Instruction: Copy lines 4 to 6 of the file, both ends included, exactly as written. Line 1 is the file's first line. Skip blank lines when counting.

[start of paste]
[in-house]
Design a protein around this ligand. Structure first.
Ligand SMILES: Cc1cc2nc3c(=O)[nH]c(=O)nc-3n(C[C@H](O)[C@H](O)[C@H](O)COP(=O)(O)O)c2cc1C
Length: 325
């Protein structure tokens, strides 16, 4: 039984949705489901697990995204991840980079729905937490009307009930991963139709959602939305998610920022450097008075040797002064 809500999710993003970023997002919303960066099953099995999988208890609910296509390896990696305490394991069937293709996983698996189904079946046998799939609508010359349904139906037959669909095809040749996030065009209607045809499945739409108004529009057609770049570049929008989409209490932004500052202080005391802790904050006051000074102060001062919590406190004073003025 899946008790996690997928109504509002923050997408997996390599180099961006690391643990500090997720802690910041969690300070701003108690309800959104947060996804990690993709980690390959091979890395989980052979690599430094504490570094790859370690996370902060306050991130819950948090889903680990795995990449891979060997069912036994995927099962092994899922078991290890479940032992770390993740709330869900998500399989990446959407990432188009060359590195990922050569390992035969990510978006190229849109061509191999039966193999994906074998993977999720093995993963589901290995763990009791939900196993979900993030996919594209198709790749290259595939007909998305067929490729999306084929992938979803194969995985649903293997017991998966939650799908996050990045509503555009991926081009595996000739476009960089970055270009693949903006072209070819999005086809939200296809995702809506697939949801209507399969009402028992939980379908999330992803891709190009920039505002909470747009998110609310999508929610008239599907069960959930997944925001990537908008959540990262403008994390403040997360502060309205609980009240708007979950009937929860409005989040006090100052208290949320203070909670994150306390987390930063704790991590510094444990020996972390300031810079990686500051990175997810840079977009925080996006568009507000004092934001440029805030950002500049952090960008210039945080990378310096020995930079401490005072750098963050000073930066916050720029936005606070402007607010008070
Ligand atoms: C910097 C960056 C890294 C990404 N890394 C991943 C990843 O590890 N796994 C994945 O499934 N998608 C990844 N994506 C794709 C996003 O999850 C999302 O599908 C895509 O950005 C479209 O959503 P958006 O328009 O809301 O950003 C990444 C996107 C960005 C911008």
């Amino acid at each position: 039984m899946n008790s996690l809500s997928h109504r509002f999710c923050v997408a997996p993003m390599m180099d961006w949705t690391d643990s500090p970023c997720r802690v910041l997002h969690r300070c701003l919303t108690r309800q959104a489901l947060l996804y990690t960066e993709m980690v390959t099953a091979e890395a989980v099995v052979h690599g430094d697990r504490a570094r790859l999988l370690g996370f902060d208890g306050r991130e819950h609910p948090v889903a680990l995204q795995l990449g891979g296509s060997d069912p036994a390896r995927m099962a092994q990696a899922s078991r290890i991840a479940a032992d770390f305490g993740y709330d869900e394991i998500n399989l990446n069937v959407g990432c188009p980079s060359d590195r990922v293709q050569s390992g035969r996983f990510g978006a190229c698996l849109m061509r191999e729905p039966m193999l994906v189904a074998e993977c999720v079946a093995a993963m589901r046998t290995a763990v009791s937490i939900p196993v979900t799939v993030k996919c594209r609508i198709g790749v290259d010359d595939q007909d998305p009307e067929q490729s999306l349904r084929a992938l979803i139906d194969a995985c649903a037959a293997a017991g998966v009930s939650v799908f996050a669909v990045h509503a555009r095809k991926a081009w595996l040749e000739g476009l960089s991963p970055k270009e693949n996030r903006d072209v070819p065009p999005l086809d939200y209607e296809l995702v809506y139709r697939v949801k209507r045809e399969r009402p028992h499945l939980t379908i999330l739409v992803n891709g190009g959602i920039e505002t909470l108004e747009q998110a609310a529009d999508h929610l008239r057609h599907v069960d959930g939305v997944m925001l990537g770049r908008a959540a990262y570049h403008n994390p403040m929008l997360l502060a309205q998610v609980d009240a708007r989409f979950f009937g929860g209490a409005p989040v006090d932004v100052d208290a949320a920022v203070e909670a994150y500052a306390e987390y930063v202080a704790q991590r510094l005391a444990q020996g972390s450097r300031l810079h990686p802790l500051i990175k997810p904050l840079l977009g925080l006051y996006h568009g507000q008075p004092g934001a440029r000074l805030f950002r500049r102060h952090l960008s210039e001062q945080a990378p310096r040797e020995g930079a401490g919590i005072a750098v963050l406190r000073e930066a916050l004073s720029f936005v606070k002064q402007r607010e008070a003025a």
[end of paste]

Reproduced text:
Length: 325
């Protein structure tokens, strides 16, 4: 039984949705489901697990995204991840980079729905937490009307009930991963139709959602939305998610920022450097008075040797002064 809500999710993003970023997002919303960066099953099995999988208890609910296509390896990696305490394991069937293709996983698996189904079946046998799939609508010359349904139906037959669909095809040749996030065009209607045809499945739409108004529009057609770049570049929008989409209490932004500052202080005391802790904050006051000074102060001062919590406190004073003025 899946008790996690997928109504509002923050997408997996390599180099961006690391643990500090997720802690910041969690300070701003108690309800959104947060996804990690993709980690390959091979890395989980052979690599430094504490570094790859370690996370902060306050991130819950948090889903680990795995990449891979060997069912036994995927099962092994899922078991290890479940032992770390993740709330869900998500399989990446959407990432188009060359590195990922050569390992035969990510978006190229849109061509191999039966193999994906074998993977999720093995993963589901290995763990009791939900196993979900993030996919594209198709790749290259595939007909998305067929490729999306084929992938979803194969995985649903293997017991998966939650799908996050990045509503555009991926081009595996000739476009960089970055270009693949903006072209070819999005086809939200296809995702809506697939949801209507399969009402028992939980379908999330992803891709190009920039505002909470747009998110609310999508929610008239599907069960959930997944925001990537908008959540990262403008994390403040997360502060309205609980009240708007979950009937929860409005989040006090100052208290949320203070909670994150306390987390930063704790991590510094444990020996972390300031810079990686500051990175997810840079977009925080996006568009507000004092934001440029805030950002500049952090960008210039945080990378310096020995930079401490005072750098963050000073930066916050720029936005606070402007607010008070
Ligand atoms: C910097 C960056 C890294 C990404 N890394 C991943 C990843 O590890 N796994 C994945 O499934 N998608 C990844 N994506 C794709 C996003 O999850 C999302 O599908 C895509 O950005 C479209 O959503 P958006 O328009 O809301 O950003 C990444 C996107 C960005 C911008």